Review: Bungou Stray Dogs

[Synopsis]: Due to a recent string of mysterious incidents involving a great, white tiger, Nakajima Atsushi (Uemura Yuto) is evicted from the orphanage that has served as his home his entire life. Left both homeless and penniless, Atsushi happens upon a drowning stranger whom he rescues from a nearby river. The man turns out to be Dazai Osamu (Miyano Mamoru) who, along with his partner, happens to be searching for the white tiger responsible for Atsushi’s predicament. Dazai himself belongs to the Armed Detective Agency – a group of people possessing supernatural abilities that solve especially violent crimes and combat underworld organizations. Following Dazai’s lead, Atsushi is quickly entangled with the agency and the menacing Port Mafia as he struggles to find his place in the world.


Bungou Stray Dogs features a fairly small cast, comprised mostly of the various members of the Armed Detective Agency, the Port Mafia, and a few episodic characters besides. Perhaps the most key feature of the show’s cast is that each character’s name serves as some reference to a renowned author or poet with most of the references stemming from modern Japanese literature. This relationship between author and character is an ongoing element within the show and often certain personality traits or actions associated with the authors are exhibited by their respective characters in varying degrees.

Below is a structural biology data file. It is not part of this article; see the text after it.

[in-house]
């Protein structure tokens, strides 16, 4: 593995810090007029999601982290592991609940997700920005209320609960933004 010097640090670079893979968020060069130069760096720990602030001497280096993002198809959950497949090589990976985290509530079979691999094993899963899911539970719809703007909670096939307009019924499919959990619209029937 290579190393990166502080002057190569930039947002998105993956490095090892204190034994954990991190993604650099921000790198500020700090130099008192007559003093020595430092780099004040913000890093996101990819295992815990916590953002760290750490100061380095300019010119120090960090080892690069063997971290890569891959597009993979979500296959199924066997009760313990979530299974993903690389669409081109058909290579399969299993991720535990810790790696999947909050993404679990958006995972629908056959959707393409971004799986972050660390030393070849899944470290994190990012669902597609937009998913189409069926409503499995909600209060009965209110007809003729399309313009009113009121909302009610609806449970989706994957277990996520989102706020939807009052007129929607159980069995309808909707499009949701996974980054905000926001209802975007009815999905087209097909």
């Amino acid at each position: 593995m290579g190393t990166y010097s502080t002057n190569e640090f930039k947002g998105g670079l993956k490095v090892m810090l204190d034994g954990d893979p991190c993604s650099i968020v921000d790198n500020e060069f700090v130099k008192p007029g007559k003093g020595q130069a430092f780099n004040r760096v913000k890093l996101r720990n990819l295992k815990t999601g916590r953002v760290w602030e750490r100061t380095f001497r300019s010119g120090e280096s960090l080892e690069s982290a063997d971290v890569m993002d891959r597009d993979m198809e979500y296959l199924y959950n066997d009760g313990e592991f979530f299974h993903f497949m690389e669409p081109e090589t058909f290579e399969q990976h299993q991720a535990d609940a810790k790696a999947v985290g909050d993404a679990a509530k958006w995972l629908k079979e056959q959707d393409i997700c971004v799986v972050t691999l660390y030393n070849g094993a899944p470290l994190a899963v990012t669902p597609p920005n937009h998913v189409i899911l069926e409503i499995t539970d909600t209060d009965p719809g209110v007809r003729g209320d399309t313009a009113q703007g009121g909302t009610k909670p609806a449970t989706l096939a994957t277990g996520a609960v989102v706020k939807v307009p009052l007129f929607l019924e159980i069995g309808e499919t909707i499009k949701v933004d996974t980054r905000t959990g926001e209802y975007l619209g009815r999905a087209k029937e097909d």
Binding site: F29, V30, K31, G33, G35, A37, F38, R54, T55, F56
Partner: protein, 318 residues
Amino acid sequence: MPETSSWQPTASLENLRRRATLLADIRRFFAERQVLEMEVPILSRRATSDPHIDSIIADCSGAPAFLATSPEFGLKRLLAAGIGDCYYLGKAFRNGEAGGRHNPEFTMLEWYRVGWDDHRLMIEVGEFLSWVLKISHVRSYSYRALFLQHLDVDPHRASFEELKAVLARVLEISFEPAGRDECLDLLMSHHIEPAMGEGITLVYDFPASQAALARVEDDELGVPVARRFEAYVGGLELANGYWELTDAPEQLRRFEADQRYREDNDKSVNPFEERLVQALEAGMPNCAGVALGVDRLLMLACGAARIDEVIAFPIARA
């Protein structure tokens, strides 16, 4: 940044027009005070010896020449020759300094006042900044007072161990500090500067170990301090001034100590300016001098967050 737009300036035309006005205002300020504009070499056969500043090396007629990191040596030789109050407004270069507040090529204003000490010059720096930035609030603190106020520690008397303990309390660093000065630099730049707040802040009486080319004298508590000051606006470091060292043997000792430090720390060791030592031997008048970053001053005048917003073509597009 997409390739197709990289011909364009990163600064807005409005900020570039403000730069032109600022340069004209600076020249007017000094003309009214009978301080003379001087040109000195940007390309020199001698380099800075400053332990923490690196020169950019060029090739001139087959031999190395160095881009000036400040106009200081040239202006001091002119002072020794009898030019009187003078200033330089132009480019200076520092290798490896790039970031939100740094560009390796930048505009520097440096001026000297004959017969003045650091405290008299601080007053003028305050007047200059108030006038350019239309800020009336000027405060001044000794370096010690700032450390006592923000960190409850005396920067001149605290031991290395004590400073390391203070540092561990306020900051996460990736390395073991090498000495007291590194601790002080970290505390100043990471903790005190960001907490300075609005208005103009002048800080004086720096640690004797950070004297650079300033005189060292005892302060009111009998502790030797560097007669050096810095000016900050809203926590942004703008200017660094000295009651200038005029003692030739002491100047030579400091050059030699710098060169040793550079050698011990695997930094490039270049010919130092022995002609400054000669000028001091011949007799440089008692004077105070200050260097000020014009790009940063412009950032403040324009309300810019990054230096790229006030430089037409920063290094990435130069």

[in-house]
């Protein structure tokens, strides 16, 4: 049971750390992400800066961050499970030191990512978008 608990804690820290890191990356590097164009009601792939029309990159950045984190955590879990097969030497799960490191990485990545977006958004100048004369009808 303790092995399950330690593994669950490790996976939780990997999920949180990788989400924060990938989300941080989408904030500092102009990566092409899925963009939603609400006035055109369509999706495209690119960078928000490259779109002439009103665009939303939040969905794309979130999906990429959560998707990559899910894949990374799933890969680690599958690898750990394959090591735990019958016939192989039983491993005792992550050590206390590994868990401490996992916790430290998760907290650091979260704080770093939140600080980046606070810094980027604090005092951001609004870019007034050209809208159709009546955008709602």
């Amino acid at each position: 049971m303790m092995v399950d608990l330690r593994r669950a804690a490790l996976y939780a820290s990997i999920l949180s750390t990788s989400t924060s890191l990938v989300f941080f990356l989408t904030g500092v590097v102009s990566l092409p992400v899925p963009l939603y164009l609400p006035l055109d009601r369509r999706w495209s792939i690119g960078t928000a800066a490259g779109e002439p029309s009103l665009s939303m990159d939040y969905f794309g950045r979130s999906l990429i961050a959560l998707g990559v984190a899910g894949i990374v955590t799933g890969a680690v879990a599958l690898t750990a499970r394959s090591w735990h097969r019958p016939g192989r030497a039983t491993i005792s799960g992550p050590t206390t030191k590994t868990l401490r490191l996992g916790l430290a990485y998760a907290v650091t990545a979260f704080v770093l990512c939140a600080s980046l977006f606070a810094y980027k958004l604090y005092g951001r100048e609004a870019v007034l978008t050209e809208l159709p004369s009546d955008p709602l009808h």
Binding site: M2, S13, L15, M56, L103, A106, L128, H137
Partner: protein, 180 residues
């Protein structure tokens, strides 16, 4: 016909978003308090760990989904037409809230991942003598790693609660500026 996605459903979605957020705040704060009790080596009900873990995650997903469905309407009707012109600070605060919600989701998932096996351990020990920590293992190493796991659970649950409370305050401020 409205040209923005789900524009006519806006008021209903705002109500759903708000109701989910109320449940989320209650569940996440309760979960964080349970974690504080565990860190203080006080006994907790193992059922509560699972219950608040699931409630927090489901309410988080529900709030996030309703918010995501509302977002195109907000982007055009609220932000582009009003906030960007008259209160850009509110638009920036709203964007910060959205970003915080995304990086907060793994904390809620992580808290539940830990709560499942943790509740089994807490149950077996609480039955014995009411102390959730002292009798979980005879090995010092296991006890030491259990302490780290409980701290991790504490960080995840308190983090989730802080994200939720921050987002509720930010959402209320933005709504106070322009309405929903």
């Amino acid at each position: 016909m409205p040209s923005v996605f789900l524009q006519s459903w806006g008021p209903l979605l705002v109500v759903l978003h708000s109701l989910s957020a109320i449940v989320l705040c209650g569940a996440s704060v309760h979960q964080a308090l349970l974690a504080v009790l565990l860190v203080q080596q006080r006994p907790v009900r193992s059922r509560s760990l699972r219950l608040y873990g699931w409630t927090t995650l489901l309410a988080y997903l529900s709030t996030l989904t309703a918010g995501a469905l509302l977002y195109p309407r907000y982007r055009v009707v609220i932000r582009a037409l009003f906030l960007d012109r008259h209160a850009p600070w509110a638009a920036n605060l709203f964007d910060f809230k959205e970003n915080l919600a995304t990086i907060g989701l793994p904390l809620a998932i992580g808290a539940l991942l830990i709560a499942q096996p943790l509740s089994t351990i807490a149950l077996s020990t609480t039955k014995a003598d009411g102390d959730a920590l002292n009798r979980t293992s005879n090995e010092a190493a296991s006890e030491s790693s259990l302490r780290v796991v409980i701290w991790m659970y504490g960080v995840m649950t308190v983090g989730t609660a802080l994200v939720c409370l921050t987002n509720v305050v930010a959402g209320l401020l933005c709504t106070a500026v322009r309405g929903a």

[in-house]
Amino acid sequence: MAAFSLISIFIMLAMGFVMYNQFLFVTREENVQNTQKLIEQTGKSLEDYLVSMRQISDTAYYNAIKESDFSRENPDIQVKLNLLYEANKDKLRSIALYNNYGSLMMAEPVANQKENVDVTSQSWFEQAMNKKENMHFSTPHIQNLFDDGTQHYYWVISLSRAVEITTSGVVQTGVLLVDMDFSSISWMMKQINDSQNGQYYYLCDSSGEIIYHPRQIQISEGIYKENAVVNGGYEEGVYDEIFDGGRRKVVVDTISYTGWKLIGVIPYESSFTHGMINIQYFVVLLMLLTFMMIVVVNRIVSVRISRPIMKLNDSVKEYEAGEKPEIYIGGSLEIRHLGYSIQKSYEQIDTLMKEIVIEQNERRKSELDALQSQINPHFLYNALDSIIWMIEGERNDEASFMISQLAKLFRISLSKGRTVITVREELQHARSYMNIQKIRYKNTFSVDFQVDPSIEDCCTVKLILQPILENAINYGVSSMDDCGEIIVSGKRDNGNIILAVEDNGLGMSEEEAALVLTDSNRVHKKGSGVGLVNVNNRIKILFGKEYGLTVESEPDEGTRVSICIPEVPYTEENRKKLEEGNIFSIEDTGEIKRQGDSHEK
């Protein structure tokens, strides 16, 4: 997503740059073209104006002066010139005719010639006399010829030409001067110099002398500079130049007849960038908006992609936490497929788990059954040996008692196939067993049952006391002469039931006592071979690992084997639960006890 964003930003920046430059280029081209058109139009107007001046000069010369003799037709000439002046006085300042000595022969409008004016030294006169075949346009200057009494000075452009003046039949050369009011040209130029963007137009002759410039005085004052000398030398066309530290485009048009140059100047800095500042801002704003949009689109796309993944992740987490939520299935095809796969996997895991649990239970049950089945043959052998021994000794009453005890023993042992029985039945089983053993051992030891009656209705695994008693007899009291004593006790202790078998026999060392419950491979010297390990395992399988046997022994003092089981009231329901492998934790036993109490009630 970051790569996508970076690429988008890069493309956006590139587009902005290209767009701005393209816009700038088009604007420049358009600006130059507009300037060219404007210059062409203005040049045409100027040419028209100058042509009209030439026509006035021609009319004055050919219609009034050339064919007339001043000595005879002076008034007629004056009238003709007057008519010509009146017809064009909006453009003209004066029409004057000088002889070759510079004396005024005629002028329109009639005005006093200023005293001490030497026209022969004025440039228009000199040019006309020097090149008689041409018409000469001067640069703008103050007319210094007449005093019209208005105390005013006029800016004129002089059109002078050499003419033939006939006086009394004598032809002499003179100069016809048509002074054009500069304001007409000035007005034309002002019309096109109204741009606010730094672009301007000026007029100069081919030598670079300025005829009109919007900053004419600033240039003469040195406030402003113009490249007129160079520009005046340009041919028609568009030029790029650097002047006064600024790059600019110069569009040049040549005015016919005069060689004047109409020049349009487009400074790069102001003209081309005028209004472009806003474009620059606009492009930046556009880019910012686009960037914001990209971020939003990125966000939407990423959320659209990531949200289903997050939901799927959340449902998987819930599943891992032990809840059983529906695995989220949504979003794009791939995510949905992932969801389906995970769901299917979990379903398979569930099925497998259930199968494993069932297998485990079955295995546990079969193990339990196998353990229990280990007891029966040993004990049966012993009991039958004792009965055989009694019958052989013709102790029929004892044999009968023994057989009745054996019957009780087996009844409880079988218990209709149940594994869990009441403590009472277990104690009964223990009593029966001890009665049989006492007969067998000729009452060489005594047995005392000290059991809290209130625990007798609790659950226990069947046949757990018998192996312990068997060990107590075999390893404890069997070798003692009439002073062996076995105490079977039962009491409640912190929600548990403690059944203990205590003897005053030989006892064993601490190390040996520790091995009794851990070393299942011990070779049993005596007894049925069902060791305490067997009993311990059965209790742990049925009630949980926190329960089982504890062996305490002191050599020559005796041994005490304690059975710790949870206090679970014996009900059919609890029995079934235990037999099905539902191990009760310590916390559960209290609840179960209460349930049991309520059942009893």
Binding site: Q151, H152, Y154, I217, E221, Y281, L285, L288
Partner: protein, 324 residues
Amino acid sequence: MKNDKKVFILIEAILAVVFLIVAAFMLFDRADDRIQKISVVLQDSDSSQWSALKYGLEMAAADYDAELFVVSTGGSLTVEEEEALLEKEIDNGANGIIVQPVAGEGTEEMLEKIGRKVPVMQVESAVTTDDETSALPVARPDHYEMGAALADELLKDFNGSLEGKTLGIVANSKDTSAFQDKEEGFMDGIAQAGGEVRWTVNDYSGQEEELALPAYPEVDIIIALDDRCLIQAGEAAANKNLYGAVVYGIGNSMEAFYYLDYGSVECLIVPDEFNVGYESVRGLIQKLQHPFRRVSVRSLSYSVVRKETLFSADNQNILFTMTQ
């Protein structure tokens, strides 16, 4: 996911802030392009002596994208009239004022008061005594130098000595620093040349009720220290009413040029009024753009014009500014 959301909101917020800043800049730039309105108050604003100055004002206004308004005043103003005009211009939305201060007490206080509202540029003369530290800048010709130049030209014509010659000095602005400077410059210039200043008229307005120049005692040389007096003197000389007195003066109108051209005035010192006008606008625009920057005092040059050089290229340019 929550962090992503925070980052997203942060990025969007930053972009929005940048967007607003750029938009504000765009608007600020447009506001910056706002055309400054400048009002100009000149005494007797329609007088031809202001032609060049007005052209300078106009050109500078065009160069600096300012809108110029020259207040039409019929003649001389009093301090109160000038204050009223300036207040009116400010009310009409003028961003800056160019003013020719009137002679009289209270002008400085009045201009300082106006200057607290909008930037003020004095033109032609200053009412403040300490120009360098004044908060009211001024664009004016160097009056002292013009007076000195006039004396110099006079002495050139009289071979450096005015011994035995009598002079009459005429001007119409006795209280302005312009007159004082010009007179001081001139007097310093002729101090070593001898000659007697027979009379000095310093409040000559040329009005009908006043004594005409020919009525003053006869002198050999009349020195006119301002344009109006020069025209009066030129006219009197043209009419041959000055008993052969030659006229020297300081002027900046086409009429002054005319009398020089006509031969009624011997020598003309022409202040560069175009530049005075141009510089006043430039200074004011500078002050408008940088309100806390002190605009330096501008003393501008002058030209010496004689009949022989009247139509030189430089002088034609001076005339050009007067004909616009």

While this aspect of the show sounds both interesting and engaging the manner in which it manifests is very lackluster and sometimes even problematic. The actual depth of reference the characters pull from their real-life counterparts is very shallow with most characters simply borrowing their names with their abilities often titled after their author’s most pervasive work. Beyond this the characters don’t seem to have all that much depth to them and hardly borrow from their referenced authors in either a thematic or intelligent way. What could have been a complex and intricate parallel of ideologies and themes becomes no more than a slew of referenced names. My own familiarity with each author is incomplete and there are occasionally thematic parallels that arise however for the most part the show is quite shallow in how it pulls off this would-be-interesting characteristic.